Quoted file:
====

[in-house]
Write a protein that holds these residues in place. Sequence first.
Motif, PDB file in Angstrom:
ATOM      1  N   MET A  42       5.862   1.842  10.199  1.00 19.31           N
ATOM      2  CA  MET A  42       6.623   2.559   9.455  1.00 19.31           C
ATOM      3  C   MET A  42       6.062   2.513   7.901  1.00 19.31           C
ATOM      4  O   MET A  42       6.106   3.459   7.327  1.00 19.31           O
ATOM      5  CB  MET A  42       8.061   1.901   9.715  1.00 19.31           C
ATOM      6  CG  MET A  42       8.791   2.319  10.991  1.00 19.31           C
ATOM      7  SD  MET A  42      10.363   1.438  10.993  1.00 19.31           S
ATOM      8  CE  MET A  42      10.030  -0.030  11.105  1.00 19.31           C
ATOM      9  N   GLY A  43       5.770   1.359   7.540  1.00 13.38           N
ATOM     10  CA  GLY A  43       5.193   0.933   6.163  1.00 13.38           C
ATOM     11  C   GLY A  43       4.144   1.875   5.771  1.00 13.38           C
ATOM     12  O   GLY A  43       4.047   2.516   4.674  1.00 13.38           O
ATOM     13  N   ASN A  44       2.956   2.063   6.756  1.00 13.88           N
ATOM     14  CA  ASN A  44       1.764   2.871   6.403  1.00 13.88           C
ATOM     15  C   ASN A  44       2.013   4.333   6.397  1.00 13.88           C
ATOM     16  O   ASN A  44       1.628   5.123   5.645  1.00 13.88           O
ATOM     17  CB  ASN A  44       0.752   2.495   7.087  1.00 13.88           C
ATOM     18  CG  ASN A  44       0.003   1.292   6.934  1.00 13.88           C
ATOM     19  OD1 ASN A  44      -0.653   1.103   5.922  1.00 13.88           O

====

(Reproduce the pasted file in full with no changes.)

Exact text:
[in-house]
Write a protein that holds these residues in place. Sequence first.
Motif, PDB file in Angstrom:
ATOM      1  N   MET A  42       5.862   1.842  10.199  1.00 19.31           N
ATOM      2  CA  MET A  42       6.623   2.559   9.455  1.00 19.31           C
ATOM      3  C   MET A  42       6.062   2.513   7.901  1.00 19.31           C
ATOM      4  O   MET A  42       6.106   3.459   7.327  1.00 19.31           O
ATOM      5  CB  MET A  42       8.061   1.901   9.715  1.00 19.31           C
ATOM      6  CG  MET A  42       8.791   2.319  10.991  1.00 19.31           C
ATOM      7  SD  MET A  42      10.363   1.438  10.993  1.00 19.31           S
ATOM      8  CE  MET A  42      10.030  -0.030  11.105  1.00 19.31           C
ATOM      9  N   GLY A  43       5.770   1.359   7.540  1.00 13.38           N
ATOM     10  CA  GLY A  43       5.193   0.933   6.163  1.00 13.38           C
ATOM     11  C   GLY A  43       4.144   1.875   5.771  1.00 13.38           C
ATOM     12  O   GLY A  43       4.047   2.516   4.674  1.00 13.38           O
ATOM     13  N   ASN A  44       2.956   2.063   6.756  1.00 13.88           N
ATOM     14  CA  ASN A  44       1.764   2.871   6.403  1.00 13.88           C
ATOM     15  C   ASN A  44       2.013   4.333   6.397  1.00 13.88           C
ATOM     16  O   ASN A  44       1.628   5.123   5.645  1.00 13.88           O
ATOM     17  CB  ASN A  44       0.752   2.495   7.087  1.00 13.88           C
ATOM     18  CG  ASN A  44       0.003   1.292   6.934  1.00 13.88           C
ATOM     19  OD1 ASN A  44      -0.653   1.103   5.922  1.00 13.88           O